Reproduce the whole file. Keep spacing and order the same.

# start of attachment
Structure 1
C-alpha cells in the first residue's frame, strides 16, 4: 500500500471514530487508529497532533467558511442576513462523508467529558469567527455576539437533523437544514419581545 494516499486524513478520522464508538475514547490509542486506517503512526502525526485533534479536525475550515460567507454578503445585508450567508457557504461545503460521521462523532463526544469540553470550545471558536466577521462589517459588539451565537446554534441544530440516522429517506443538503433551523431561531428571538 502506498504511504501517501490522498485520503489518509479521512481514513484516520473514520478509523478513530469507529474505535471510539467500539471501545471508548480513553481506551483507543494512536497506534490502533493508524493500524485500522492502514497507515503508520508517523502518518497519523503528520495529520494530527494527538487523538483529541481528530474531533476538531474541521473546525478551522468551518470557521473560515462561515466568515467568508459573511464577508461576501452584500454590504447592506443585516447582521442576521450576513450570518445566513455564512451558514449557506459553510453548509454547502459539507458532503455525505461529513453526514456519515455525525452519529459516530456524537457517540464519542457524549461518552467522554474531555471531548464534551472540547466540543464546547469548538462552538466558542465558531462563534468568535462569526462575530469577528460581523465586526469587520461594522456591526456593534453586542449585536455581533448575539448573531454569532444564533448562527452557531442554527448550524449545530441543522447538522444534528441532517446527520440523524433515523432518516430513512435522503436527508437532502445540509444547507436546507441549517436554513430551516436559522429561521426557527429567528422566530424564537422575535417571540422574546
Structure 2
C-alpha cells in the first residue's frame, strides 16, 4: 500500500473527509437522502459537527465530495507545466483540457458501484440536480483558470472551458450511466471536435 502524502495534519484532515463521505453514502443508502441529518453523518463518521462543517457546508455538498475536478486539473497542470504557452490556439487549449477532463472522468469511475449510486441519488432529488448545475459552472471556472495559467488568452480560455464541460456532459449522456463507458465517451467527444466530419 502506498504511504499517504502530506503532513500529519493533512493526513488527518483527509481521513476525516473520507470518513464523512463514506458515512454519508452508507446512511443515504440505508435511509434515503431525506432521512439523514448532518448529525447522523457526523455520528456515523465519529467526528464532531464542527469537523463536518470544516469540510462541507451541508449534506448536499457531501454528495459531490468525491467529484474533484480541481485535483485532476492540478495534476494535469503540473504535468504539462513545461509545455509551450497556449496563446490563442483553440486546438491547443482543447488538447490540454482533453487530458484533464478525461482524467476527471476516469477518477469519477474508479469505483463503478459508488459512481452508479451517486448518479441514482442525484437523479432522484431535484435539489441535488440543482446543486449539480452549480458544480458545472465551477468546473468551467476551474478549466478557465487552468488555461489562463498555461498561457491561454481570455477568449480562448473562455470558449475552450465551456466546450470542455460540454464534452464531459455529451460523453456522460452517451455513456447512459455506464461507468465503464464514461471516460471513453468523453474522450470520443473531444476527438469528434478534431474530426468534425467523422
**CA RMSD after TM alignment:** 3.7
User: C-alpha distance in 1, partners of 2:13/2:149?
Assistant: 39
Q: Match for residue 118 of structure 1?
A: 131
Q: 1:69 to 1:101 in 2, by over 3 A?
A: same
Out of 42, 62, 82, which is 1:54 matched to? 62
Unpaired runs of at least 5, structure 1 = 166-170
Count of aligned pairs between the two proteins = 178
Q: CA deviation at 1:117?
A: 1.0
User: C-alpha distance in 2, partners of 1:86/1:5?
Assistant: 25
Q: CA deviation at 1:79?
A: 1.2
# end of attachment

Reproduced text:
Structure 1
C-alpha cells in the first residue's frame, strides 16, 4: 500500500471514530487508529497532533467558511442576513462523508467529558469567527455576539437533523437544514419581545 494516499486524513478520522464508538475514547490509542486506517503512526502525526485533534479536525475550515460567507454578503445585508450567508457557504461545503460521521462523532463526544469540553470550545471558536466577521462589517459588539451565537446554534441544530440516522429517506443538503433551523431561531428571538 502506498504511504501517501490522498485520503489518509479521512481514513484516520473514520478509523478513530469507529474505535471510539467500539471501545471508548480513553481506551483507543494512536497506534490502533493508524493500524485500522492502514497507515503508520508517523502518518497519523503528520495529520494530527494527538487523538483529541481528530474531533476538531474541521473546525478551522468551518470557521473560515462561515466568515467568508459573511464577508461576501452584500454590504447592506443585516447582521442576521450576513450570518445566513455564512451558514449557506459553510453548509454547502459539507458532503455525505461529513453526514456519515455525525452519529459516530456524537457517540464519542457524549461518552467522554474531555471531548464534551472540547466540543464546547469548538462552538466558542465558531462563534468568535462569526462575530469577528460581523465586526469587520461594522456591526456593534453586542449585536455581533448575539448573531454569532444564533448562527452557531442554527448550524449545530441543522447538522444534528441532517446527520440523524433515523432518516430513512435522503436527508437532502445540509444547507436546507441549517436554513430551516436559522429561521426557527429567528422566530424564537422575535417571540422574546
Structure 2
C-alpha cells in the first residue's frame, strides 16, 4: 500500500473527509437522502459537527465530495507545466483540457458501484440536480483558470472551458450511466471536435 502524502495534519484532515463521505453514502443508502441529518453523518463518521462543517457546508455538498475536478486539473497542470504557452490556439487549449477532463472522468469511475449510486441519488432529488448545475459552472471556472495559467488568452480560455464541460456532459449522456463507458465517451467527444466530419 502506498504511504499517504502530506503532513500529519493533512493526513488527518483527509481521513476525516473520507470518513464523512463514506458515512454519508452508507446512511443515504440505508435511509434515503431525506432521512439523514448532518448529525447522523457526523455520528456515523465519529467526528464532531464542527469537523463536518470544516469540510462541507451541508449534506448536499457531501454528495459531490468525491467529484474533484480541481485535483485532476492540478495534476494535469503540473504535468504539462513545461509545455509551450497556449496563446490563442483553440486546438491547443482543447488538447490540454482533453487530458484533464478525461482524467476527471476516469477518477469519477474508479469505483463503478459508488459512481452508479451517486448518479441514482442525484437523479432522484431535484435539489441535488440543482446543486449539480452549480458544480458545472465551477468546473468551467476551474478549466478557465487552468488555461489562463498555461498561457491561454481570455477568449480562448473562455470558449475552450465551456466546450470542455460540454464534452464531459455529451460523453456522460452517451455513456447512459455506464461507468465503464464514461471516460471513453468523453474522450470520443473531444476527438469528434478534431474530426468534425467523422
**CA RMSD after TM alignment:** 3.7
User: C-alpha distance in 1, partners of 2:13/2:149?
Assistant: 39
Q: Match for residue 118 of structure 1?
A: 131
Q: 1:69 to 1:101 in 2, by over 3 A?
A: same
Out of 42, 62, 82, which is 1:54 matched to? 62
Unpaired runs of at least 5, structure 1 = 166-170
Count of aligned pairs between the two proteins = 178
Q: CA deviation at 1:117?
A: 1.0
User: C-alpha distance in 2, partners of 1:86/1:5?
Assistant: 25
Q: CA deviation at 1:79?
A: 1.2